Dear justice, come back home…

Dear justice, come back home…

How is it possible that everyone, every single person, is complaining about the justice system in Turkey at the moment? 
Look at what President Recep Tayyip Erdoğan said the other day: “Justice, justice, justice! Justice is the basis of the state. If there is justice, then there is a state. If there is no justice, there is no state.” 

Look at what Prime Minister Binali Yıldırım said last week: “There is a trouble in our justice system. We cannot go anywhere with such a justice system.” 

Main opposition Republican People’s Party (CHP) head Kemal Kılıçdaroğlu, Nationalist Movement Party (MHP) head Devlet Bahçeli, and Peoples’ Democratic Party (HDP) co-chair Selahattin Demirtaş all referred to the distorted state of law and justice in their parliamentary group meetings this week. Both lawmakers and lawbreakers are complaining; the arrested and the released are complaining; those who need justice and those who are fearfully avoiding it are complaining. 

This is the state of our “beautiful and egalitarian” justice system. 

Well, who needs this justice? 

President Erdoğan was asking for justice at the U.N. in his speech mentioned above. But at the same time in Turkey TV channels, radio stations, and newspapers are being closed down; justice is needed for journalists.  
Prime Minister Yıldırım demanded a speeding up of the justice system and announced the formation of specialized courts. But justice is needed for the imprisoned Aslı Erdoğan, Necmiye Alpay, Ahmet Altan and Ahmet Turan Alkan, who are all accused of “writing and being a member of the editorial board” with “strong subliminal message suspicion.”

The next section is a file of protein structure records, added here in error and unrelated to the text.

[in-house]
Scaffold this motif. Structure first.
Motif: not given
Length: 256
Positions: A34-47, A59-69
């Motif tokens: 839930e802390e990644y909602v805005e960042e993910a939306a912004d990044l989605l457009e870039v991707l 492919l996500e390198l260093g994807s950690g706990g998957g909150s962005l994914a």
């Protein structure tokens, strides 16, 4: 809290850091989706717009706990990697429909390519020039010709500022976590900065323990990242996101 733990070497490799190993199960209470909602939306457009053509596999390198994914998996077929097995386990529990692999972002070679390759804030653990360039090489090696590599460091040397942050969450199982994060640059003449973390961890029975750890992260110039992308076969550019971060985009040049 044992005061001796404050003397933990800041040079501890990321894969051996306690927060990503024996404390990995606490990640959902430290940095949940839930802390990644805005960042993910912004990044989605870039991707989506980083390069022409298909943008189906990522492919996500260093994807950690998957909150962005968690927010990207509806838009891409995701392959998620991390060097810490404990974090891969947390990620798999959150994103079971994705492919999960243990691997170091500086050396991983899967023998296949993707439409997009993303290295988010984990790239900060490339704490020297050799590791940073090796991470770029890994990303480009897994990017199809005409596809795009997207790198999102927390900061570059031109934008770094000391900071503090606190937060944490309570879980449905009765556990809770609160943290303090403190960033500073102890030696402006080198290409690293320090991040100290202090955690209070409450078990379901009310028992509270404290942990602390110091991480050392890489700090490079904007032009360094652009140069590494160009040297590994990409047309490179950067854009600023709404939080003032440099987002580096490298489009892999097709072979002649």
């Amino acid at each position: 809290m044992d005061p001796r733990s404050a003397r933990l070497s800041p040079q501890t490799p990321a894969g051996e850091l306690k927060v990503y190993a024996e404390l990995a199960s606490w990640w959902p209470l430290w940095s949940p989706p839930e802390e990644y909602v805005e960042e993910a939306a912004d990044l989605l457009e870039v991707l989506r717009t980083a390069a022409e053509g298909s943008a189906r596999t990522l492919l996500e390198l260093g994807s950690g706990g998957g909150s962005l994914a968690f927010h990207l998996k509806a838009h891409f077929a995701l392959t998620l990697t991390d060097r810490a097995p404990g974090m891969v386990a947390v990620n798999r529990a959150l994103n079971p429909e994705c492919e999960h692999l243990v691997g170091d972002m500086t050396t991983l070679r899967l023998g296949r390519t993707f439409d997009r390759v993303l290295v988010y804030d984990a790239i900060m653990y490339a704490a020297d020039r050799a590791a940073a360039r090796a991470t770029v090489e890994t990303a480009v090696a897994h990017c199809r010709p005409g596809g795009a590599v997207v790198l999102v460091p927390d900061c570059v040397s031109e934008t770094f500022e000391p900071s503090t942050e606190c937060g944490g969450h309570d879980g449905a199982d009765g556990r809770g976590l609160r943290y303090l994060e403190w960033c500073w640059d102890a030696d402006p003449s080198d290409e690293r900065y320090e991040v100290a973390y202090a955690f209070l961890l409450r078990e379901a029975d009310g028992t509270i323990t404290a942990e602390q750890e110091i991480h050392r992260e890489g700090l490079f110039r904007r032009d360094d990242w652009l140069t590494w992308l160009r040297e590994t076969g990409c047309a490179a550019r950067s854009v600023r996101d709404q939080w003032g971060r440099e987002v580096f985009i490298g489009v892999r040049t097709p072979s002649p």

In 2016, by the end of September a total of 1,421 workers had lost their lives in “preventable” work accidents in Turkey. In September alone, 141 workers were killed, 10 of them women, four of them children, two of them child workers under 14. 

Justice is needed for the dead worker, the living worker and the injured worker. But will they ever be able to seek justice, question it, and find it? 

Take the example of Cemal Bilgin, a caregiver who is also a representative of a union at Istanbul’s Çapa Medical School Hospital. He was fired from his job after protesting about the poisoning of 50 workers and the friends and relatives of patients by the meal provided by the hospital. 

Take the example of the Tokat Dimteks workers who have not been able to receive their salaries for two months: Their factory was recently taken over by a state-appointed trustee. 

Take the example of Semavi Güneş, a father of two, who lost his life because of a stolen manhole cover. The Istanbul authorities had not replaced the stolen cover despite the fact it had been reported. “A manhole cover worth 7 Turkish Liras caused my brother’s death. We will do everything we can to make sure those responsible are punished legally,” his brother said at his funeral. 

Do you think the Güneş family will find justice? Do you think this system - which frees the pervert, the abuser, the murderer due to “good conduct” but jails the writer, the reporter, the artist and the poor - can be recovered?  

“Previously confidence in the justice system in Turkey never dropped below 60 percent. But now it has fallen to 20 percent,” Ramazan Kaya, an Ankara prosecutor who is now a member of the Supreme Council of Judges and Prosecutors (HSYK), said back in 2014.

We could perhaps make up a new riddle: “What is the thing that everybody - from the president to the brother of the worker who died in a work-related accident - is seeking but not able to find.” We are now in such a position that we could accept the answer “justice” as correct. 

Dear justice, come back home. Everyone is worried about you…